Because the best academic meetings foster open dialogue (which is their very raison d’être), our gathering was not without lively debate. (Indeed, the Watts Towers have engendered controversy from their very inception.) Speakers engaged in a sometimes pointed exchange of ideas despite limited time dedicated to discussion, question and answer. Such exchanges continued outside the conference room into hallways, onto terraces, and over meals. Given the many administrative, civic, nonprofit, arts, and conservation entities responsible for or affiliated with the Watts Towers, it is not surprising that they have alternatively collided, aligned, and/or mutually reinforced one another over the span of decades. Some of this disagreement however, may be structurally entrenched (e.g., the City as opposed to the Committee for Simon Rodia’s Towers in Watts over conservation methods and management; the City of L.A. administration as opposed to the local community of Watts on issues of economic development). Other dichotomies may have evolved synergistically (e.g., Watts Towers Community Arts Center vis-à-vis the Rodia Towers, separate yet symbiotic units). The challenge that emerged from the Genova conference, and as it might appear to third-party observers, is that of bridging divergent discourses and goals, and fostering and/or creating “common ground.” The continued wellbeing of this much-loved Los Angeles structure and icon, and of the Watts community too (which has respected and cared for them for decades), seems to depend on it.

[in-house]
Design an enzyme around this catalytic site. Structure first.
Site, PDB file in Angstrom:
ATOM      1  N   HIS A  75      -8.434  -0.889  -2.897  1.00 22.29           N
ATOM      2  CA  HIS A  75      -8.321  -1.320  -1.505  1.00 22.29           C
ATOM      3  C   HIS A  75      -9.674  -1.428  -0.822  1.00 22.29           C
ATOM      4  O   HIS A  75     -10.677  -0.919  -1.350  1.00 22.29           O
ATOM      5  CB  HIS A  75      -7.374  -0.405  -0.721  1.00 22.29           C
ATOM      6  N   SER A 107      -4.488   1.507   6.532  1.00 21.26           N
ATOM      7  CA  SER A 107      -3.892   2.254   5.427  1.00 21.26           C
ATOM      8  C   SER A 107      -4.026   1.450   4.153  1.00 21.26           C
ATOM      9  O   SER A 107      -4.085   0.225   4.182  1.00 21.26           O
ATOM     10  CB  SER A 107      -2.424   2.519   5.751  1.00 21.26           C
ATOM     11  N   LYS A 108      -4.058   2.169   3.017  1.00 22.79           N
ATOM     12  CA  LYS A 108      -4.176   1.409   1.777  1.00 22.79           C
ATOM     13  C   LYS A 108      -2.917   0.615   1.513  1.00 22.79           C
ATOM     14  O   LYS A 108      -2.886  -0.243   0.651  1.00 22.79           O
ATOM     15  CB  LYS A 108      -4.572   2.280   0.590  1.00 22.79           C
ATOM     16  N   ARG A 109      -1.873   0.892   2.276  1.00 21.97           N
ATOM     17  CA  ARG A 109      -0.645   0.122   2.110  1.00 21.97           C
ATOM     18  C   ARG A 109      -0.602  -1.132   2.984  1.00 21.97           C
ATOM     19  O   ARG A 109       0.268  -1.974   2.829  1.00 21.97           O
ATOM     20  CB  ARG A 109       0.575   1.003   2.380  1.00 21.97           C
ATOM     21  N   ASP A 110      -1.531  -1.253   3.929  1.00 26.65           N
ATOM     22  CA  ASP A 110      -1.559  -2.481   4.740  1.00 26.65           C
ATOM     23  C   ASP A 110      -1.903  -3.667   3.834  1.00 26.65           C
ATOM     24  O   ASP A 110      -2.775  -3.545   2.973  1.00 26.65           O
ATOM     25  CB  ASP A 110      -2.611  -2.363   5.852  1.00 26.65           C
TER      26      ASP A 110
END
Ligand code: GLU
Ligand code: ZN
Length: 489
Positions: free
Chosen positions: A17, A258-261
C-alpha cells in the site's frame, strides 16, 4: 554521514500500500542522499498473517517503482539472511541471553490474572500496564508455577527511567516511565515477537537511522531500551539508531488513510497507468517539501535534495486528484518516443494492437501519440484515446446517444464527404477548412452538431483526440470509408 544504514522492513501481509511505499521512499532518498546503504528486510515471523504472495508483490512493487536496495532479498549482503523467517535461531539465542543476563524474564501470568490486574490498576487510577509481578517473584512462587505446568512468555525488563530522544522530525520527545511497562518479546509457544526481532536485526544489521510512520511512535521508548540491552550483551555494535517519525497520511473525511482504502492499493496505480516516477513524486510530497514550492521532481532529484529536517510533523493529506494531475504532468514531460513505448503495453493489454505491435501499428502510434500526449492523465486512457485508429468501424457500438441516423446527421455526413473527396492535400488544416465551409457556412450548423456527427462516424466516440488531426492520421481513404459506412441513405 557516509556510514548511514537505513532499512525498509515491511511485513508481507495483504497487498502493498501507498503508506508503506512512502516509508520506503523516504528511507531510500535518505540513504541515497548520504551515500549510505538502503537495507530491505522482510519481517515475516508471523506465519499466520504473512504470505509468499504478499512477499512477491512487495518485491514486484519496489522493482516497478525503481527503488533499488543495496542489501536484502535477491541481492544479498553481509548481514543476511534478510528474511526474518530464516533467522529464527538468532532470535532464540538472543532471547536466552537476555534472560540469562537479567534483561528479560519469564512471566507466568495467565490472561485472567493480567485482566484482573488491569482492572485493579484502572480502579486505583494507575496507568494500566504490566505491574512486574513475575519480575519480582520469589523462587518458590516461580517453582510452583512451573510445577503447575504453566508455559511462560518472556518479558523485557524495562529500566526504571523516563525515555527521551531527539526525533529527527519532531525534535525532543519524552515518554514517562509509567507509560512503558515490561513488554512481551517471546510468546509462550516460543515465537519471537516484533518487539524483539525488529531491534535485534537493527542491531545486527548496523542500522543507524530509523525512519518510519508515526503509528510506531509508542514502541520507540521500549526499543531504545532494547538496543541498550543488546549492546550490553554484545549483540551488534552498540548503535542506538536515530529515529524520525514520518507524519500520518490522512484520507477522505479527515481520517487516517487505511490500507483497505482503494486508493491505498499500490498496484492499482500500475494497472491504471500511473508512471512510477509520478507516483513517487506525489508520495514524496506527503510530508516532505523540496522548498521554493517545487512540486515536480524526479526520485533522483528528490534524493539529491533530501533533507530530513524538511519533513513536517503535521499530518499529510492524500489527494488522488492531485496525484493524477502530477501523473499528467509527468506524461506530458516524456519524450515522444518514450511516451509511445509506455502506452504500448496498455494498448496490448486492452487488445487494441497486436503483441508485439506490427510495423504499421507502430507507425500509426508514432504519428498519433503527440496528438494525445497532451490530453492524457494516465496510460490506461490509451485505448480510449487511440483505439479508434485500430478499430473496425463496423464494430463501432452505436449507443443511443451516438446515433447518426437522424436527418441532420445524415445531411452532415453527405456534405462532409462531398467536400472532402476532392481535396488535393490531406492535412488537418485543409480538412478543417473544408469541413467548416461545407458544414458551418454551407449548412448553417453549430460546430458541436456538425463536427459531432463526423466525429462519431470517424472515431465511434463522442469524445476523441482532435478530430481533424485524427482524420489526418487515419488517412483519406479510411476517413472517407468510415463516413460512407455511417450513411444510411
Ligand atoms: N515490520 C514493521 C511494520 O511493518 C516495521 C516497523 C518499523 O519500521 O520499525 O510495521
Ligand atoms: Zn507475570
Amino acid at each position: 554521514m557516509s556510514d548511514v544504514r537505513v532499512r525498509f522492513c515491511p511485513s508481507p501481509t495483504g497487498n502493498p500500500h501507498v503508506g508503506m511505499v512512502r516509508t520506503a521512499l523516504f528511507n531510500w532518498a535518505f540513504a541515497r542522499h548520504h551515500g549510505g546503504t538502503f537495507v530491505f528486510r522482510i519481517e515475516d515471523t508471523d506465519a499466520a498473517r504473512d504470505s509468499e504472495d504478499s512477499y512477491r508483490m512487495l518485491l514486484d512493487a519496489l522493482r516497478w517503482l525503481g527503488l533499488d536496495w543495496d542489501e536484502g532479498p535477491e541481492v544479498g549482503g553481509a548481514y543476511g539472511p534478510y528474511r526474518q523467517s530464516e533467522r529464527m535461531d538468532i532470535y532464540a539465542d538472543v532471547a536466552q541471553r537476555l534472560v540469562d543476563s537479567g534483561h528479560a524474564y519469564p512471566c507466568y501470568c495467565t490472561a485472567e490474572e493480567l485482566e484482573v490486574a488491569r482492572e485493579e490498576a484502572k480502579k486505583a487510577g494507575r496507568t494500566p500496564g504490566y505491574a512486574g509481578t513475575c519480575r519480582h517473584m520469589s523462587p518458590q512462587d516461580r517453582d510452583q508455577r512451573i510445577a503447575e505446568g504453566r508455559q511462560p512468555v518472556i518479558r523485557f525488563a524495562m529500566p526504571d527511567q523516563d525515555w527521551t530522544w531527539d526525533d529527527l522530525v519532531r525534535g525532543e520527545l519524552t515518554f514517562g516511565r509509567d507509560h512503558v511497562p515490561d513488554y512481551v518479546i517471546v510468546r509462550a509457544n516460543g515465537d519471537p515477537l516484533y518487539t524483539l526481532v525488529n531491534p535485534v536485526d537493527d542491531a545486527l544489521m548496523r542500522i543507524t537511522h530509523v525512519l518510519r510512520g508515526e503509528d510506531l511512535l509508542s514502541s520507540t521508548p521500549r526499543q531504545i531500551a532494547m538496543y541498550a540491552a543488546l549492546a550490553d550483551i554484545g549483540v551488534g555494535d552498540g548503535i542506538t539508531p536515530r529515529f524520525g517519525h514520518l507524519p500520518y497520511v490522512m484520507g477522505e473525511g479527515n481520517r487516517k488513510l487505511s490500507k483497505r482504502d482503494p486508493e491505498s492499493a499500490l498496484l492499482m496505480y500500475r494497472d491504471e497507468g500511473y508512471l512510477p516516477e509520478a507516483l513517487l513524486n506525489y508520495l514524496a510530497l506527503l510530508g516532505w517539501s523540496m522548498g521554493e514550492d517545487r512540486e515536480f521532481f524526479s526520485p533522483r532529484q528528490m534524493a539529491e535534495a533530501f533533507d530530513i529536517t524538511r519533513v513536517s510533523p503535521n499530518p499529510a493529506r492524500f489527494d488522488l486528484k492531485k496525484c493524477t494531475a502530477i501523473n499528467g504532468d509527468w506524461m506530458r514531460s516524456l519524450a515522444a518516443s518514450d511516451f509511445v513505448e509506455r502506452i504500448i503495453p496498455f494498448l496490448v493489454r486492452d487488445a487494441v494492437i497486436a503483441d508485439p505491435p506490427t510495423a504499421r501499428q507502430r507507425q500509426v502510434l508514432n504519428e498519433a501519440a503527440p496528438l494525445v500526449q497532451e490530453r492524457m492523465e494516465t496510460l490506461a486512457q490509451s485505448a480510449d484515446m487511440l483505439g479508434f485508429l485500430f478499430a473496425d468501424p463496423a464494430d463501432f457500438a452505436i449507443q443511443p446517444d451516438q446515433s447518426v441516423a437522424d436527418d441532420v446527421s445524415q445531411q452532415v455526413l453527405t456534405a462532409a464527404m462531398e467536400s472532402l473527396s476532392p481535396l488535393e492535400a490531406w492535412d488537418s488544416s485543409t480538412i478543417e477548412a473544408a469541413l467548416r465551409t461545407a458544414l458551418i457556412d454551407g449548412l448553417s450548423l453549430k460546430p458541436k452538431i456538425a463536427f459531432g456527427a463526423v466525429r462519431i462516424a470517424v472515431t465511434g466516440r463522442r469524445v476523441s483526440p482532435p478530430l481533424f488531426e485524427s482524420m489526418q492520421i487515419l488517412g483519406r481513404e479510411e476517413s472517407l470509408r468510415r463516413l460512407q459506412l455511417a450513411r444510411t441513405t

The most debated issues of the conference (despite, once again, the limited time devoted to debate), pertained to the first and fourth panels. Panel 1 reviewed the history of ownership, the role of various state, city, and arts agencies, and the challenges of funding conservation of the Towers. The well-known Committee for Simon Rodia’s Towers in Watts (CSRTW)—the very Committee that saved the Towers from demolition in 1959 (and which this October will commemorate its 50th anniversary)—was not present to represent its current perspective on the Towers. However, the CSRTW provided conference organizers in advance with a one-page, 10 point-summary of objections to the current status and/or methods of Tower conservation, which was circulated. Given the already set conference schedule, there was not as much time to discuss these points as some would have liked. Many conference participants expressed the desire to achieve greater clarity about these issues of concern (e.g., perhaps by receiving a studied response to the ten points from administrators and conservators, or by engaging in a guided visit of the Towers site itself). No collective plans were formulated in Genova, however several were aired informally (in conversation with City representatives). Certainly, after reviewing the precarious situation of other art environments (e.g., in Spain), many of which have been neglected and are even currently in process of demolition, the attention the Watts Towers receive might appear fortunate by comparison. Rodia’s Towers enjoy the benefit of a concerned and pro-active community, conservators, an adjacent art center, and international attention!